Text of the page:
Review Article | Published:

Behavior, Psychology and Sociology

The relationship between obesity and tertiary education outcomes: a systematic review

International Journal of Obesity (2018) | Download Citation

Abstract

Previous reviews have documented an overall weak or uncertain association between obesity and school-based educational attainment in children and young people. However, up to half of young adults will go on to further college or university education by age 30. The study aim was to systematically review evidence on the association between obesity and tertiary education outcomes in young men and women. A search of multiple databases, including Embase, Global Health, ERIC, Medline, PsycInfo, and Science Citation Index was conducted in March 2018. Cross-sectional and longitudinal studies were included that reported on young people aged 16+, an association between obesity and academic achievement, and a comparison to healthy weight students. Risk of bias was assessed using criteria from the STROBE checklist. From 1297 records, 16 studies met all inclusion criteria. All six cross-sectional studies and 8/10 longitudinal studies reported lower educational achievement by students with obesity. All longitudinal studies were at low risk of bias but four cross-sectional studies were at medium risk and two at high risk of bias. Three of four studies showed reduced enrolment, in 6/8 graduation was less likely, and all 6 studies reporting on performance showed this was lower in those with obesity. Five of nine studies reported that obesity had a greater impact on educational achievement for women. Overall, there is compelling evidence of weight bias in that students with obesity do less well in tertiary education than their healthy weight peers. It is likely that university/college attainment is less impacted by socio-economic factors than school-based achievement. A better understanding of the processes that underpin this weight bias is needed, including stakeholder (student, staff) experiences of weight stigma, perceived or enacted. Responsive actions could mirror those to address disability or gender bias, or in health promotion in tertiary education settings.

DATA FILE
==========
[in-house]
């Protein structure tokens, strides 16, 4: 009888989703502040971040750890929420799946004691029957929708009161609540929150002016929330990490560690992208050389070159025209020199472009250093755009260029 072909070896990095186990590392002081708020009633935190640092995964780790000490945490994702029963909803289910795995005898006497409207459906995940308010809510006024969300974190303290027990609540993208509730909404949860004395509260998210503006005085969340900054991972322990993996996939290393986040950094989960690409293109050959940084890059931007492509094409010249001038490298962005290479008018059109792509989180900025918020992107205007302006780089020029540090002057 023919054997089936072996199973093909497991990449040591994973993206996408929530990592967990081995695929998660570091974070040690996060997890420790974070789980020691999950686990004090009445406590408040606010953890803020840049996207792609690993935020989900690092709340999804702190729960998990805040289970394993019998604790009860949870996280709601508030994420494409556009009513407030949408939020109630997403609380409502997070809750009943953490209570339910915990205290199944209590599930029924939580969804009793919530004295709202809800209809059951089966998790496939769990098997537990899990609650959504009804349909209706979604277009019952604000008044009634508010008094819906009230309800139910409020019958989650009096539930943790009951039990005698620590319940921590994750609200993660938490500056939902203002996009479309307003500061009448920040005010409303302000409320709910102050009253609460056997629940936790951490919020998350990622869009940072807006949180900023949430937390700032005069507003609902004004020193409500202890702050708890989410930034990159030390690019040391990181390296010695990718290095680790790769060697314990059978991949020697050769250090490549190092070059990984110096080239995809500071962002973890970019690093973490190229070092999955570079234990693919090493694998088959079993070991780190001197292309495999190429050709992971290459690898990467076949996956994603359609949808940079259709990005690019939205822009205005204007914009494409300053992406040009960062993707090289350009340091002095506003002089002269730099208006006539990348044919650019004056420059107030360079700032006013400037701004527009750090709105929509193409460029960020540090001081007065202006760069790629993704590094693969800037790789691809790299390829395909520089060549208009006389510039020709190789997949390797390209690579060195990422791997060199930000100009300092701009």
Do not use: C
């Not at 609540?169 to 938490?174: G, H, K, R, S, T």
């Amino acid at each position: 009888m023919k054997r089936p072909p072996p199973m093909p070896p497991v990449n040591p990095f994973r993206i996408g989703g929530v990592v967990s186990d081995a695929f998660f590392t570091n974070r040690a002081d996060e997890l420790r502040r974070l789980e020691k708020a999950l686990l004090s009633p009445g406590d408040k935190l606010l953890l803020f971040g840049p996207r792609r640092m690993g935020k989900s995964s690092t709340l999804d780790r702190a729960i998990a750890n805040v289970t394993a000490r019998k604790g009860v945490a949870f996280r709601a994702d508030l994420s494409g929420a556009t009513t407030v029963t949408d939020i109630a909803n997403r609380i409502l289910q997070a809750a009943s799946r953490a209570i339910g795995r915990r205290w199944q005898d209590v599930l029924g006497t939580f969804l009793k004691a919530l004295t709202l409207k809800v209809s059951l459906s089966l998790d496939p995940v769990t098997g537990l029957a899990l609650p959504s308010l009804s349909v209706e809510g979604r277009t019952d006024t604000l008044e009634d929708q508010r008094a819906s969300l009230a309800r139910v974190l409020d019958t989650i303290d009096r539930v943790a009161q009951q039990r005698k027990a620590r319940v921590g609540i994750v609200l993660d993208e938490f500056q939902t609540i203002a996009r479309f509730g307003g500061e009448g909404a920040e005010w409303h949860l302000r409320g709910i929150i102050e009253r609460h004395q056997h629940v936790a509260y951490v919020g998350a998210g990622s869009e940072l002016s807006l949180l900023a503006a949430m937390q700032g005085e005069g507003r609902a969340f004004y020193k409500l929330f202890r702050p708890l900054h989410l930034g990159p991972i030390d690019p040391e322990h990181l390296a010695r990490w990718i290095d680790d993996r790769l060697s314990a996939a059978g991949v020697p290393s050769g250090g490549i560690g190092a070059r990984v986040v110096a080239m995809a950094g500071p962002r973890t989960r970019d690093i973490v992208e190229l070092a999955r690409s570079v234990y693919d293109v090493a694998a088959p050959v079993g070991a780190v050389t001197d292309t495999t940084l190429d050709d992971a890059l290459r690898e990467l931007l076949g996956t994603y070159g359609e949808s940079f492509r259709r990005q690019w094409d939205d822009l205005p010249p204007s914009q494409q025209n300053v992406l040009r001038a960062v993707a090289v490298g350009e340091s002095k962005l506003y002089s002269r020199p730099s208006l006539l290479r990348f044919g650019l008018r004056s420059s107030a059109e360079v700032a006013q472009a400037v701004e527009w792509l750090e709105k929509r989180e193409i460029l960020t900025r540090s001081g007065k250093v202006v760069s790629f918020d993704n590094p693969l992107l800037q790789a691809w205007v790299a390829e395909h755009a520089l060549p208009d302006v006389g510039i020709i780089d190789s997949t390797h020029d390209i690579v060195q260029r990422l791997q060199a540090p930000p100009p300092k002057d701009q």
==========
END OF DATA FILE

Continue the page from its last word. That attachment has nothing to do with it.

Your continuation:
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Author information

Affiliations

  1. Leeds Institute of Health Sciences, University of Leeds, England, UK

    • Andrew J. Hill
    •  & Rocio Rodriguez Lopez
  2. Boden Institute, Charles Perkins Centre, University of Sydney, Sydney, Australia

    • Andrew J. Hill
    •  & Ian D. Caterson

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Conflict of interest

The authors declare that they have no conflict of interest.

Corresponding author

Correspondence to Andrew J. Hill.

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DOI

https://doi.org/10.1038/s41366-018-0256-1